Local & national importance
The Court evolved from the adjacent Tretower Castle site and is a very rare example of its type, in that it shows the way in which a castle gradually developed into another significant type of medieval building, the fortified manor house or defended house . It is also a rare survival, escaping destruction in wars or conflicts, partial damage or slighting, for example during the English Civil War, and total redevelopment over time.
The initial construction of Tretower Court dates from the early years of the 14th century, when the castle site was also still in use. The earliest part of Tretower Court is the north range. The masonry of the walls, the internal fireplaces, the windows and the projecting latrine tower all indicate a date maybe as early as 1300. The 14th century building consisted of a central ground floor hall open to its high roof, a solar or private bedchamber and a private living room. The hall probably served as a local court for paying fines and tithes.
The west range was also 14th century.
In the early 15th century during the Owain Glyndŵr revolt in Wales against the new King Henry IV the building was under a very real threat from Welsh forces. Tretower Castle was listed as a defensible stronghold for the King in 1404 and under Sir James Berkeley successfully held off an attack. Presumably this was directed at Tretower Castle and the Court escaped serious damage. The same year an English force led by Richard Beauchamp, Earl of Warwick fought a Welsh army of Owain Glyndŵr at the Battle of Mynydd Cwmdu nearby, almost capturing Glyndŵr himself and capturing his banner or standard. The Welsh forces retreated down the valley of the River Usk but laid an ambush for the pursuing English and engaged them in a skirmish below Craig-y-Dorth hill near Mitchel Troy, where the large fields are still referred to as Upper and Lower Battlefield. The English army was chased to the walls of Monmouth town. According to the Annals of Owain Glyn Dwr, "Here the more part of the English were slain and they were chased up to the town gate [of Monmouth]".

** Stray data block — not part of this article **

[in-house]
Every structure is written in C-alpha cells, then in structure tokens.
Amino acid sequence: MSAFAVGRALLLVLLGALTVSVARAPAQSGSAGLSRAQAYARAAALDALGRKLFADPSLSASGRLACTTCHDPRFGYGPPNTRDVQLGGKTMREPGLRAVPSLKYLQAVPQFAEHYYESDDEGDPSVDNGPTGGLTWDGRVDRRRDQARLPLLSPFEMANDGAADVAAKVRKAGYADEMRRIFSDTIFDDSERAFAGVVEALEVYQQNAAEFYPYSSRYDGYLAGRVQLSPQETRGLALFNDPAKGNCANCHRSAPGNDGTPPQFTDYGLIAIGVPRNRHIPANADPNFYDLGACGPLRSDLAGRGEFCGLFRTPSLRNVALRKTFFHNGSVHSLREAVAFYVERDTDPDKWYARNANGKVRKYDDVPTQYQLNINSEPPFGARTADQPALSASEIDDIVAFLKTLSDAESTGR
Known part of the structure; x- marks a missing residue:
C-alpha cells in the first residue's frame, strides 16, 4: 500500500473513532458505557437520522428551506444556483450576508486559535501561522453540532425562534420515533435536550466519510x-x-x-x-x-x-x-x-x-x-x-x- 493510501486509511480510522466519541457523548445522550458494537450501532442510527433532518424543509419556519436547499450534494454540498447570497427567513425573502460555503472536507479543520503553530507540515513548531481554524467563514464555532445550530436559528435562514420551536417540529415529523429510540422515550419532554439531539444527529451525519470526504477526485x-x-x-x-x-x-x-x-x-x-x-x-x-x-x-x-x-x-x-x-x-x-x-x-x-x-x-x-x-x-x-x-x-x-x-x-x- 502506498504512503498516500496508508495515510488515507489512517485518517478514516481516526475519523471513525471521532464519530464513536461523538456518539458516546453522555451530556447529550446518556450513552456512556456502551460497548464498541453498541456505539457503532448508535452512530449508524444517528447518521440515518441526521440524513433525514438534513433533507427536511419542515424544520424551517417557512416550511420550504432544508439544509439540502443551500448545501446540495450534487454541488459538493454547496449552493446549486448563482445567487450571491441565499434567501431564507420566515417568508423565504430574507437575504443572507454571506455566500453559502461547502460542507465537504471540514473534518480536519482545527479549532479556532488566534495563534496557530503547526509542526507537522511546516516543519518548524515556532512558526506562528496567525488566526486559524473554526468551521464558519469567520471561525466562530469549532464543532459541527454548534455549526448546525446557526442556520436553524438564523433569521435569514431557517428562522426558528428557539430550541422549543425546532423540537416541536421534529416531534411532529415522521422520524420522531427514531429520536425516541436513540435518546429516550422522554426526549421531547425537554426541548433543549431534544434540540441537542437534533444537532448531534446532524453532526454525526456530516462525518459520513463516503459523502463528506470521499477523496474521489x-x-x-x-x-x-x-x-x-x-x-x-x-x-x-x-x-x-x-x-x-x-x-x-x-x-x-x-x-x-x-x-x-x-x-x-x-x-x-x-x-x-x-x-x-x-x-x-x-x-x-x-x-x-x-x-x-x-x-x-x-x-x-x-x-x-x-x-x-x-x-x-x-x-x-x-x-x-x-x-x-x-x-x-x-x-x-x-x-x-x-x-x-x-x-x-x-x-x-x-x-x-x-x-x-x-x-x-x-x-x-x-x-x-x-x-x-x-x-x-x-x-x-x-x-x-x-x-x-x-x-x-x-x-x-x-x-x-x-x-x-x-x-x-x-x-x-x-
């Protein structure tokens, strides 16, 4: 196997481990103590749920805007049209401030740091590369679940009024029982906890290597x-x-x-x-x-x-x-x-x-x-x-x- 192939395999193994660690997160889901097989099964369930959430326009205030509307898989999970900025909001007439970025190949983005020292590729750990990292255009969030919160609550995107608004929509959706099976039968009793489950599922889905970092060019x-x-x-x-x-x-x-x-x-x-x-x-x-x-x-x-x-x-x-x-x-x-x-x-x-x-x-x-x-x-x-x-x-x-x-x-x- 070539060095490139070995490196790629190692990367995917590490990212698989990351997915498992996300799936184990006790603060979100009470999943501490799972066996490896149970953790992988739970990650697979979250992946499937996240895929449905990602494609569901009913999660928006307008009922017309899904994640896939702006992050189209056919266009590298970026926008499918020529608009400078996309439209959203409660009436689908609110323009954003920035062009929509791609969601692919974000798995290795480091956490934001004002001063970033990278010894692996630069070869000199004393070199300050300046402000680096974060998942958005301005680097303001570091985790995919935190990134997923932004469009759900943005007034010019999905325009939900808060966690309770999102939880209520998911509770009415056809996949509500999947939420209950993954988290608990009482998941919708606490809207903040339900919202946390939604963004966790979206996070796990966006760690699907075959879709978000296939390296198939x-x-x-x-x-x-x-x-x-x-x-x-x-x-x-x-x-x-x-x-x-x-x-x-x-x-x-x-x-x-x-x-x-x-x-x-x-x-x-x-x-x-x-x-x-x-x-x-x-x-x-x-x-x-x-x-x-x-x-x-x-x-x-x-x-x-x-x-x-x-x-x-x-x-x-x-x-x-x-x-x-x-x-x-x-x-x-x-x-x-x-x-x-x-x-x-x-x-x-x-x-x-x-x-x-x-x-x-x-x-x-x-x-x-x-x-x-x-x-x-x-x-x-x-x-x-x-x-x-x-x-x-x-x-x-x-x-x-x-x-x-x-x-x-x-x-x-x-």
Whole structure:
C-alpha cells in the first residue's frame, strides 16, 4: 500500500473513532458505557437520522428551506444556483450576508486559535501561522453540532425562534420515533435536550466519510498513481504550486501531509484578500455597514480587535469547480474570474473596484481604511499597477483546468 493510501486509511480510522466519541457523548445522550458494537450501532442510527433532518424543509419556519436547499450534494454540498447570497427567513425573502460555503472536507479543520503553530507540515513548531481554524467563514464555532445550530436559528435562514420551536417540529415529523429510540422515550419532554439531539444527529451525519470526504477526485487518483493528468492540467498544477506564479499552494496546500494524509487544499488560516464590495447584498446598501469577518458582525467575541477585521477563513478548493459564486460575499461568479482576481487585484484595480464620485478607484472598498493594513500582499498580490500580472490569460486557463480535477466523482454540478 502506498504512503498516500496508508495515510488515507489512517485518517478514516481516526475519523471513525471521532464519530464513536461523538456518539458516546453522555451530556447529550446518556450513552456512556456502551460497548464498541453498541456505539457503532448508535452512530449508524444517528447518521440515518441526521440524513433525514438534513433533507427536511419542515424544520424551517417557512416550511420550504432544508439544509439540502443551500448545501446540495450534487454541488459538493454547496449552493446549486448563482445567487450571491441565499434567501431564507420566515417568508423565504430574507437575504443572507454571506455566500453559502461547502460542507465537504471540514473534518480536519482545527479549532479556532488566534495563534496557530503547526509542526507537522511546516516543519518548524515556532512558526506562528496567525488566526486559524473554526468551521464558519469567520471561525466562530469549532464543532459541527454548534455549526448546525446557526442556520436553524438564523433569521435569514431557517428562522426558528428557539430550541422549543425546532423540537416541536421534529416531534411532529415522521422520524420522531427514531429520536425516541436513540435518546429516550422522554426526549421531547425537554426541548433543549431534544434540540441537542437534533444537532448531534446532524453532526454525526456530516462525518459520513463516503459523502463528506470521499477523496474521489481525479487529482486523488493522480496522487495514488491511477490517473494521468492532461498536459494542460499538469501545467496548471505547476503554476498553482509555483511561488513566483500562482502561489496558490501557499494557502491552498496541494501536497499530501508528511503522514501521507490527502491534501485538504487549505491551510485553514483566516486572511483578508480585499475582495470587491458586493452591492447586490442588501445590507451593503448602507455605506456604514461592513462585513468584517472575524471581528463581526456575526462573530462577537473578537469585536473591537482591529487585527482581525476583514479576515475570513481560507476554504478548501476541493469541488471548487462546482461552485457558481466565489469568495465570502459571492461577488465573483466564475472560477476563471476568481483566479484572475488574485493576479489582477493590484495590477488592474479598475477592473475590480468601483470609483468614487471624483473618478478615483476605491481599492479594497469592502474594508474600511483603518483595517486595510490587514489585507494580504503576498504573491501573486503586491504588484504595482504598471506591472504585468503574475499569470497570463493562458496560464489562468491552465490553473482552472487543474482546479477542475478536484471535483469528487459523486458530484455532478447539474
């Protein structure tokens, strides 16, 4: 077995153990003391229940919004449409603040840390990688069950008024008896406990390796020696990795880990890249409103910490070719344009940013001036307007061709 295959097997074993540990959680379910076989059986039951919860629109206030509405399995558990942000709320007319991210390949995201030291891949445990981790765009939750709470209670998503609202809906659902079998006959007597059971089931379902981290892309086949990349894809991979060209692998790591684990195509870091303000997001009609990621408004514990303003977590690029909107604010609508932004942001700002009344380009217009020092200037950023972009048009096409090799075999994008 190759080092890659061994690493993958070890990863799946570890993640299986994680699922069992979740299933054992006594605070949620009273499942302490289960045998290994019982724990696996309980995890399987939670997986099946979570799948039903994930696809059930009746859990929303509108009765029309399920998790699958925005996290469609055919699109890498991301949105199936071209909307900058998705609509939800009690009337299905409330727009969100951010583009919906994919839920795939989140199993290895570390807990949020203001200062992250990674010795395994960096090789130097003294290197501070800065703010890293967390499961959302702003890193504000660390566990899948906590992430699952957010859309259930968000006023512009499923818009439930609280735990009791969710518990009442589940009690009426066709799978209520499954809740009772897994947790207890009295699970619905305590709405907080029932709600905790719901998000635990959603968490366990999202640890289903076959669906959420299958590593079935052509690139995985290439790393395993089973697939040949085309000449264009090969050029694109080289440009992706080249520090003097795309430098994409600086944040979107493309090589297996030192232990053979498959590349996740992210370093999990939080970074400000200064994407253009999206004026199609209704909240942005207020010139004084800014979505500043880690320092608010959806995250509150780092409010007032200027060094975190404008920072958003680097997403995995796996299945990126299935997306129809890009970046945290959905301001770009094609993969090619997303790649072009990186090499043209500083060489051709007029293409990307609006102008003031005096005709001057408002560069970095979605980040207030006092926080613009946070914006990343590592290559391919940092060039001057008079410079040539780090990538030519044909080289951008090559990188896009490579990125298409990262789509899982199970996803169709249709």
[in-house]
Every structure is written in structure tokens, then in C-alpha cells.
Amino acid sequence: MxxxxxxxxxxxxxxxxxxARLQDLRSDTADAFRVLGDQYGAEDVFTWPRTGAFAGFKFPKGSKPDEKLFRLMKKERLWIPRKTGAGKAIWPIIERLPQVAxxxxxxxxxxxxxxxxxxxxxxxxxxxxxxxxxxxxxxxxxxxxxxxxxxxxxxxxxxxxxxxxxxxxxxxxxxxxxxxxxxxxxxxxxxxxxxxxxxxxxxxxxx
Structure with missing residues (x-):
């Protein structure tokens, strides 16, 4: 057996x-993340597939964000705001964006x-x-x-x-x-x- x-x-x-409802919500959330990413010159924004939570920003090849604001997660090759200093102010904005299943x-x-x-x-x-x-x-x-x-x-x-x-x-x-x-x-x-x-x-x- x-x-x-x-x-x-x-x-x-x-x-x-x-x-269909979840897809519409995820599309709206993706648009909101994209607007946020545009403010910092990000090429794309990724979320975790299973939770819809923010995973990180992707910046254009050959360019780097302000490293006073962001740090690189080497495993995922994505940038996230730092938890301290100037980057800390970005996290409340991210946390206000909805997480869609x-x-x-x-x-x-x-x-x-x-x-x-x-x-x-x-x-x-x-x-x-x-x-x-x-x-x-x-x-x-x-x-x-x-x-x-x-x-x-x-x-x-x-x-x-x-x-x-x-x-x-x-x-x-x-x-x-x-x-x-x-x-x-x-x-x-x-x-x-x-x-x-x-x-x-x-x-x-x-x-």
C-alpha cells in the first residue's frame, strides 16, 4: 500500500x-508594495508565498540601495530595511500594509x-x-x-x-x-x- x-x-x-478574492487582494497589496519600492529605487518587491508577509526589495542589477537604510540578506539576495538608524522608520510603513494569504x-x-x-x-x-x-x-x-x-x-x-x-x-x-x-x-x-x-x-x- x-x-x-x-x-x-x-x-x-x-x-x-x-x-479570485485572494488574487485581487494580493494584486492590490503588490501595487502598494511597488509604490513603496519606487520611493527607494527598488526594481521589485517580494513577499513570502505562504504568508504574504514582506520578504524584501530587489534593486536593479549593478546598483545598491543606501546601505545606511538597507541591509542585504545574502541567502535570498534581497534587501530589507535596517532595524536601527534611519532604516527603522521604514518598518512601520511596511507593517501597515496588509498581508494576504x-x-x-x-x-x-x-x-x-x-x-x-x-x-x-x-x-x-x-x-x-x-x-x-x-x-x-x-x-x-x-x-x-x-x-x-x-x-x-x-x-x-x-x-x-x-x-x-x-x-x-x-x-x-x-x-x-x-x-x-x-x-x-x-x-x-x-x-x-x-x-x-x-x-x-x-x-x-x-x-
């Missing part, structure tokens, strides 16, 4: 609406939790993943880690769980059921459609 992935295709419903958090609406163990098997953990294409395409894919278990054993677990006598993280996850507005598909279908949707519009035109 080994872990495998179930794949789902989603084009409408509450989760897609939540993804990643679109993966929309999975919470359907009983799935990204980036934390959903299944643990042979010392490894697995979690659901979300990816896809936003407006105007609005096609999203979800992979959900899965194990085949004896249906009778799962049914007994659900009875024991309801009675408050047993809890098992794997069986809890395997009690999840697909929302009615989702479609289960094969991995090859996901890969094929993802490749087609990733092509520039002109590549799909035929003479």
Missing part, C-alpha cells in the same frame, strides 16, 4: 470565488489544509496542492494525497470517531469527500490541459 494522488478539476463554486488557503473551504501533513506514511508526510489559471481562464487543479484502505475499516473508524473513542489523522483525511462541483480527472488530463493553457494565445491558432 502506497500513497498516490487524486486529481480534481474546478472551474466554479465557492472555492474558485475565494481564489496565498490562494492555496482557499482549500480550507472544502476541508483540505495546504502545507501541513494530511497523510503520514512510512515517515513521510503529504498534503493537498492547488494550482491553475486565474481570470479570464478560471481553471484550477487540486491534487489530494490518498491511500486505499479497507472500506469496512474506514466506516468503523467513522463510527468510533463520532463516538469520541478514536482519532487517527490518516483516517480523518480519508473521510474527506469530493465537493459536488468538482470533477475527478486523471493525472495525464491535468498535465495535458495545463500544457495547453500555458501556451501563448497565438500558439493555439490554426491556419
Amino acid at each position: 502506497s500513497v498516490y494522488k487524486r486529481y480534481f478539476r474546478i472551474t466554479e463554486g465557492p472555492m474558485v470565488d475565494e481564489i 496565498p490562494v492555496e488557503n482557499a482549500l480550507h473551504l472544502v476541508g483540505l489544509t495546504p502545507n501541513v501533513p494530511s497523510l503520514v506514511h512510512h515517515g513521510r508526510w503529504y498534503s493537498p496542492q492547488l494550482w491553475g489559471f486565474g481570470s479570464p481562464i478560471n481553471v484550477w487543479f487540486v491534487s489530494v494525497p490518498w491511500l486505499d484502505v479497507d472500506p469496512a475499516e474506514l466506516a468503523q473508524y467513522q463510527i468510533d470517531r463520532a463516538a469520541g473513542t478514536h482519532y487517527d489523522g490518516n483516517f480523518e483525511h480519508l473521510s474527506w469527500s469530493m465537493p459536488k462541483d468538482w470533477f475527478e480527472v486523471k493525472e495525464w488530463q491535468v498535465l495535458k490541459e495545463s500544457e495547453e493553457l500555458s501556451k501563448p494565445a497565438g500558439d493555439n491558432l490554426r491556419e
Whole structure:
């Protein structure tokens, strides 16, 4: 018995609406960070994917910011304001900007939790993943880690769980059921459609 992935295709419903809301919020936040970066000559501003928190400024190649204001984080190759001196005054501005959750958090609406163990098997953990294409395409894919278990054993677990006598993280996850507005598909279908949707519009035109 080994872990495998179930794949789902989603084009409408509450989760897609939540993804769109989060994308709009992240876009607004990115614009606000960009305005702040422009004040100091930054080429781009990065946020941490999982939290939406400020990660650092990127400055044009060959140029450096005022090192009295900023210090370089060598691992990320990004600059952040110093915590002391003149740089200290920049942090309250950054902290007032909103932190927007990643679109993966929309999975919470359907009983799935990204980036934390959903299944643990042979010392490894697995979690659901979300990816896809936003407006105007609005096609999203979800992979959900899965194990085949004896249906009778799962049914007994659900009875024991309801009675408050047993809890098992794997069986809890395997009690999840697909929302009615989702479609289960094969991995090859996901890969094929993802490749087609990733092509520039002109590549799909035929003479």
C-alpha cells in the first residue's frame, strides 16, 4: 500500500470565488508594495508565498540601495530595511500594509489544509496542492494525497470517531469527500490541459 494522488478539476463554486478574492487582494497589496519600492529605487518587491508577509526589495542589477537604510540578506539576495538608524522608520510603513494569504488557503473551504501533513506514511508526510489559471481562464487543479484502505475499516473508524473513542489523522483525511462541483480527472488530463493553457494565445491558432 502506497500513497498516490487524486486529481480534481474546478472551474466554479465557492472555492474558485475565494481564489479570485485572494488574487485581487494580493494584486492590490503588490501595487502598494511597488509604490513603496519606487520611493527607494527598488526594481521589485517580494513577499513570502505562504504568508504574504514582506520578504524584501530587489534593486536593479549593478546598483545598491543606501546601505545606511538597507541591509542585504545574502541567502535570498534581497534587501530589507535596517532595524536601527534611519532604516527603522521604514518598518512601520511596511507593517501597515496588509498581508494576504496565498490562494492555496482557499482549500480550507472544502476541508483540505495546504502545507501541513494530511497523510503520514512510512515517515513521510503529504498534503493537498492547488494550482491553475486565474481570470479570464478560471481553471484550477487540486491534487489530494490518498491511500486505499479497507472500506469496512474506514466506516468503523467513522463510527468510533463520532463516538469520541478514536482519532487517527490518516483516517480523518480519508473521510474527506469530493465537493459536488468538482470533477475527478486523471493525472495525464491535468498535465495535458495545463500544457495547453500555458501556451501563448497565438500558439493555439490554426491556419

Ironically, less than a decade later the Court was the local meeting point from which the local contingent of Welsh archers left for service in France under King Henry V and contributed to the English victory at Agincourt.
Development under the Vaughan family
In early times the castle was held by the Picard (Pychard) family who gained extensive lands in Herefordshire for assisting William the Conqueror.Members of the family were Sheriffs of Hereford and married into several great landed families.
About 1450 the property was given to Sir Roger Vaughan by Sir William Herbert, the Earl of Pembroke and his half-brother. Sir William Herbert was the previous owner of the Court and Tretower Castle and the manor. The property was to remain in the hands of successive generations of Vaughans for all of its heyday.